The HP300A Harmonic Wave Analyzer of the HP Memory Project Collection
(From the Original INSTRUCTION & OPERATING MANUAL)
The Model 300A Harmonic Wave Analyzer is a selective voltmeter designed to measure the individual components of complex waves. The selectivity can be varied by means of selective amplifiers to measure either closely or widely spaced harmonics. The instrument covers the audio spectrum from 30 to 16,000 Hz. It has a wide voltage range so that full scale readings may be obtained from 1 millivolt to 500 volts.
The Model 300A is well adapted to the measurement of the harmonic distortion in audio frequency equipment of all kinds, broadcast receivers, transmitters; to determine the harmonic components in ac machinery and power systems; to the study of induced voltages on telephone lines; and to measurement of hum components in rectifier circuits.
Other uses include the study of noise by integrating portions of the spectrum with the selectivity control adjusted for a wide pass band and the checking of wave filter characteristics with maximum selectivity.
The Model 300A is also useful as a device to measure the amount of cross or intermodulation products generated by the simultaneous transmission of two frequencies by an audio system or to measure demodulation of a modulated wave applied through an audio system.
According to John Minck HP Narrative, the HP 300A Wave Analyzer was probably the second instrument designed by Bill Hewlett, in 1941. Chuck House, in "The HP Phenomenon," considers that is was Hewlett's next major product contribution, aside from variations of the original Audio Oscillator. Michael S. Malone in "Bill & Dave" ranks the model 320 distortion analyzer as the second Hewlett Packard product, after the audio oscillators, and before the 300A. Today, Minck agrees with Malone that the HP 320 came first. That makes sense because it is a simpler instrument, in that it measures TOTAL distortion, and does not have to perform the difficult job of separating out the harmonics. The 320 was intended for distortion measurements at 2 or 6 specific frequencies, instead of being tunable. After setting a reference level, it cleverly notched out the fundamental frequency with a filter and simply measured the remaining signal distortion products.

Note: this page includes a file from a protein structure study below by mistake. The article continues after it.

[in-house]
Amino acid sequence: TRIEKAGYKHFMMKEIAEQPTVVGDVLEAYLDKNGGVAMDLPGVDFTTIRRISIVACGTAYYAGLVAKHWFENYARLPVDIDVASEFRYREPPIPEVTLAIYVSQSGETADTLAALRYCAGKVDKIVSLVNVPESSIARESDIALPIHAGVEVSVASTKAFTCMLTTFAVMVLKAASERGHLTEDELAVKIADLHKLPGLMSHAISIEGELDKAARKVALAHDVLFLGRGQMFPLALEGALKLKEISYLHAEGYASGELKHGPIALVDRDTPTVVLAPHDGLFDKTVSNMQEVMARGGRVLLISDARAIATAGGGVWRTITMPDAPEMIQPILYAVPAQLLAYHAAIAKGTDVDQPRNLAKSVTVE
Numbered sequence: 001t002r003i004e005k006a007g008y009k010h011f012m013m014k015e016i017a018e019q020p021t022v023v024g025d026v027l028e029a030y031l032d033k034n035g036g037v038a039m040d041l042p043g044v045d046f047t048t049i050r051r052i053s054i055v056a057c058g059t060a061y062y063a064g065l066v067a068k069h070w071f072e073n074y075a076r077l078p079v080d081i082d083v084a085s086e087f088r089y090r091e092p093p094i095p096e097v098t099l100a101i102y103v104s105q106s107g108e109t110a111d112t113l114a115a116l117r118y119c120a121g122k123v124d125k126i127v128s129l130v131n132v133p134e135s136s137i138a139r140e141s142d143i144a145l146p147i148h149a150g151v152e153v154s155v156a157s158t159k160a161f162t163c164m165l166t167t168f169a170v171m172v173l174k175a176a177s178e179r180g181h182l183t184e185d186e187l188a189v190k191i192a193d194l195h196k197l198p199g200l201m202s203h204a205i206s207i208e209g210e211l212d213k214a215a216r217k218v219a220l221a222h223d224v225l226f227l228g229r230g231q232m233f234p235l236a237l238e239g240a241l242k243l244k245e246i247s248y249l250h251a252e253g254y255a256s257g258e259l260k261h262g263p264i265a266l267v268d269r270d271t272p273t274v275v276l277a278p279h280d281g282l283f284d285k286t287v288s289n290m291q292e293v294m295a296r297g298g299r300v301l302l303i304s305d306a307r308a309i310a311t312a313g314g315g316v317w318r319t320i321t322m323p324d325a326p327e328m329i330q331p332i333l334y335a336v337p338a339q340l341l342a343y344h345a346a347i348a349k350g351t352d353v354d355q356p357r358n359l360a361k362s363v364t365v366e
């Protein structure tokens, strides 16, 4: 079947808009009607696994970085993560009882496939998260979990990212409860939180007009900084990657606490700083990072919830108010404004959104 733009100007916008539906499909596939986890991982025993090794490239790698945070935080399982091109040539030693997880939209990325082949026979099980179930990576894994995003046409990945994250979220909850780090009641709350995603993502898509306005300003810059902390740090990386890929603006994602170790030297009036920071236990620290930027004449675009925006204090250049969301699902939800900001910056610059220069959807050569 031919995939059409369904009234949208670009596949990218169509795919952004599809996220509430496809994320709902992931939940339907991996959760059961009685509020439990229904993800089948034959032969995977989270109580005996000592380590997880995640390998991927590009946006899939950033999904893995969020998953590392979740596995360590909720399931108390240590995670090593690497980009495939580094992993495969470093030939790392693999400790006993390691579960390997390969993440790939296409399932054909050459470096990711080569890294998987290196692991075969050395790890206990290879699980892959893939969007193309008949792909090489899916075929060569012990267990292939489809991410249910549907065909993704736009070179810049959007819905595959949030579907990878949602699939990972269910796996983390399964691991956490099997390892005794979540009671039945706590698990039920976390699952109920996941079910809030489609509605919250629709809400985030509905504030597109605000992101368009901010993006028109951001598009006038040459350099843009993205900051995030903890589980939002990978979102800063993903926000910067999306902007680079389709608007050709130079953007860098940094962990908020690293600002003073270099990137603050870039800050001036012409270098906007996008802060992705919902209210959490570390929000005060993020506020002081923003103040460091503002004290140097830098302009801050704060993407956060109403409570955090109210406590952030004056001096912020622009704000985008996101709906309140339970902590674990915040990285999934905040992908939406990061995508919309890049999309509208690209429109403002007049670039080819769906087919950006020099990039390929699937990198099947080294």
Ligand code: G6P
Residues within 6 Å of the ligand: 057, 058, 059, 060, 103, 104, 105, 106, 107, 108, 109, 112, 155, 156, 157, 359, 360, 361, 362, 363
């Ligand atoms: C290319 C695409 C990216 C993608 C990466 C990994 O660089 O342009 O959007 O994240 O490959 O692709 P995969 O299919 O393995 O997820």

Today it is difficult to get an absolute certainty, but more importantly, in our opinion, the 300A could have been probably the very first occurance of what will become later a very common and frequent practice at HP: When you need better measurement, and you can't find the right tool to do the right job... Just built it ! . . .
The HP 300A in the 1943 Catalog
. . . And there is a great chance that the 300A, before being a "catalog product," was firstly an internal R&D, and production tool designed to satisfy the own need of HP's production of the time.
Considering that the early production at HP was mainly layering onto Bill Hewlett's original audio oscillator variations, enlarging the product line by growing again the limit of the original circuitry would need better and better performance of the equipment required for designing and testing the next product. Audio distortion measurements were also needed on components such as transformers and amplifiers.
One of the most important specified characteristic, defining the quality of an audio oscillator, is its harmonic distortion. Harmonic distortion may be expressed in terms of the relative strength of individual components, in decibels, or the Root Mean Square of all harmonic components: Total Harmonic Distortion (THD), as a percentage in this case. There are two ways to achieve these two kinds of measurements. In the first method, the amplitude of each frequency component appearing in the output of a device under test is measured with a frequency selective voltmeter. In the second method (THD,) the amplitude of a voltage containing harmonics is first measured; then the fundamental is filtered out and the rms value of the combined harmonics is measured. The ratio of the two values, expressed in per cent, is the distortion.
There is a safe bet that during the early 1940s, distortion measuring instrument, of one type or the other, weren't readily available on the electronic market, and even if some existed, they probably didn't have the measurement accuracy targeted by HP.
Using the HP 300A in the 1943 Catalog